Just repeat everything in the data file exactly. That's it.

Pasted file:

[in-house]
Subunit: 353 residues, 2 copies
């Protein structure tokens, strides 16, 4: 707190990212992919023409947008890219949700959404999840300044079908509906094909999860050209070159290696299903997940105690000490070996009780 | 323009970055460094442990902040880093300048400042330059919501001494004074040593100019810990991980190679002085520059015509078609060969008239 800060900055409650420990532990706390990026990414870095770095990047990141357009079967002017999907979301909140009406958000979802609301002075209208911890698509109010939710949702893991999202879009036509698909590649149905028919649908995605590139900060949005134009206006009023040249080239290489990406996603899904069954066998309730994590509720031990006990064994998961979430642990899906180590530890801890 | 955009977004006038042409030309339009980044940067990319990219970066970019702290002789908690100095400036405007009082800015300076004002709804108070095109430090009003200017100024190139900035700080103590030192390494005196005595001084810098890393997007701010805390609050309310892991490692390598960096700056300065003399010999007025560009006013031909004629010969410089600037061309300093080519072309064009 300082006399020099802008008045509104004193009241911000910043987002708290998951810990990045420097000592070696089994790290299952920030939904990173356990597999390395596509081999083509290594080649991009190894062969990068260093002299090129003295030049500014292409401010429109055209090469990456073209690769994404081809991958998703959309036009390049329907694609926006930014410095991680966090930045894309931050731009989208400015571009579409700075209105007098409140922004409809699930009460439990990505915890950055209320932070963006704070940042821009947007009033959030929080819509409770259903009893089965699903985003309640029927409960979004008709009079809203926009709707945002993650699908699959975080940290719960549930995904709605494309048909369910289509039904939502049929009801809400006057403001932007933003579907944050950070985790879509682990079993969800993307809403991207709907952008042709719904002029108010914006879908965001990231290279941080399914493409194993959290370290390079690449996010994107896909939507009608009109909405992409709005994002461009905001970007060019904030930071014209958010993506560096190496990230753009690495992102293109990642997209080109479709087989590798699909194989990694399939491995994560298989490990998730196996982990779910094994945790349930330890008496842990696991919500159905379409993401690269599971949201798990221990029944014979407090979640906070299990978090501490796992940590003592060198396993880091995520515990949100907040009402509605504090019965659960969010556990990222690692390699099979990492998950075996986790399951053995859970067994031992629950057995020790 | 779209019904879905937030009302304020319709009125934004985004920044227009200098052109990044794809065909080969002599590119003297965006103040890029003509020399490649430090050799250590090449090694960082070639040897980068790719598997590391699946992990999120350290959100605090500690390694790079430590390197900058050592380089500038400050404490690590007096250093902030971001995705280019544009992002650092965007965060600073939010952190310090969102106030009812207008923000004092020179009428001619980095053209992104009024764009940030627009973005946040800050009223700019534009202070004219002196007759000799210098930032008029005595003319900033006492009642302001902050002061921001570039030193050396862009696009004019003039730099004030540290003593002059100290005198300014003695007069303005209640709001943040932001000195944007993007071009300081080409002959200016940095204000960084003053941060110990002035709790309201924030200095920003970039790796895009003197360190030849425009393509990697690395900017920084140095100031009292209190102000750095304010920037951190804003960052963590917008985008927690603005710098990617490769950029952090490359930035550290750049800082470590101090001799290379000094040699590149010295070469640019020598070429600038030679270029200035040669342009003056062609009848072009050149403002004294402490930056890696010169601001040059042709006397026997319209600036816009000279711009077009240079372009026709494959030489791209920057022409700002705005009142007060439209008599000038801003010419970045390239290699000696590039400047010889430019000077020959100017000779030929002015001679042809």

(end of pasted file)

[in-house]
Subunit: 353 residues, 2 copies
């Protein structure tokens, strides 16, 4: 707190990212992919023409947008890219949700959404999840300044079908509906094909999860050209070159290696299903997940105690000490070996009780 | 323009970055460094442990902040880093300048400042330059919501001494004074040593100019810990991980190679002085520059015509078609060969008239 800060900055409650420990532990706390990026990414870095770095990047990141357009079967002017999907979301909140009406958000979802609301002075209208911890698509109010939710949702893991999202879009036509698909590649149905028919649908995605590139900060949005134009206006009023040249080239290489990406996603899904069954066998309730994590509720031990006990064994998961979430642990899906180590530890801890 | 955009977004006038042409030309339009980044940067990319990219970066970019702290002789908690100095400036405007009082800015300076004002709804108070095109430090009003200017100024190139900035700080103590030192390494005196005595001084810098890393997007701010805390609050309310892991490692390598960096700056300065003399010999007025560009006013031909004629010969410089600037061309300093080519072309064009 300082006399020099802008008045509104004193009241911000910043987002708290998951810990990045420097000592070696089994790290299952920030939904990173356990597999390395596509081999083509290594080649991009190894062969990068260093002299090129003295030049500014292409401010429109055209090469990456073209690769994404081809991958998703959309036009390049329907694609926006930014410095991680966090930045894309931050731009989208400015571009579409700075209105007098409140922004409809699930009460439990990505915890950055209320932070963006704070940042821009947007009033959030929080819509409770259903009893089965699903985003309640029927409960979004008709009079809203926009709707945002993650699908699959975080940290719960549930995904709605494309048909369910289509039904939502049929009801809400006057403001932007933003579907944050950070985790879509682990079993969800993307809403991207709907952008042709719904002029108010914006879908965001990231290279941080399914493409194993959290370290390079690449996010994107896909939507009608009109909405992409709005994002461009905001970007060019904030930071014209958010993506560096190496990230753009690495992102293109990642997209080109479709087989590798699909194989990694399939491995994560298989490990998730196996982990779910094994945790349930330890008496842990696991919500159905379409993401690269599971949201798990221990029944014979407090979640906070299990978090501490796992940590003592060198396993880091995520515990949100907040009402509605504090019965659960969010556990990222690692390699099979990492998950075996986790399951053995859970067994031992629950057995020790 | 779209019904879905937030009302304020319709009125934004985004920044227009200098052109990044794809065909080969002599590119003297965006103040890029003509020399490649430090050799250590090449090694960082070639040897980068790719598997590391699946992990999120350290959100605090500690390694790079430590390197900058050592380089500038400050404490690590007096250093902030971001995705280019544009992002650092965007965060600073939010952190310090969102106030009812207008923000004092020179009428001619980095053209992104009024764009940030627009973005946040800050009223700019534009202070004219002196007759000799210098930032008029005595003319900033006492009642302001902050002061921001570039030193050396862009696009004019003039730099004030540290003593002059100290005198300014003695007069303005209640709001943040932001000195944007993007071009300081080409002959200016940095204000960084003053941060110990002035709790309201924030200095920003970039790796895009003197360190030849425009393509990697690395900017920084140095100031009292209190102000750095304010920037951190804003960052963590917008985008927690603005710098990617490769950029952090490359930035550290750049800082470590101090001799290379000094040699590149010295070469640019020598070429600038030679270029200035040669342009003056062609009848072009050149403002004294402490930056890696010169601001040059042709006397026997319209600036816009000279711009077009240079372009026709494959030489791209920057022409700002705005009142007060439209008599000038801003010419970045390239290699000696590039400047010889430019000077020959100017000779030929002015001679042809």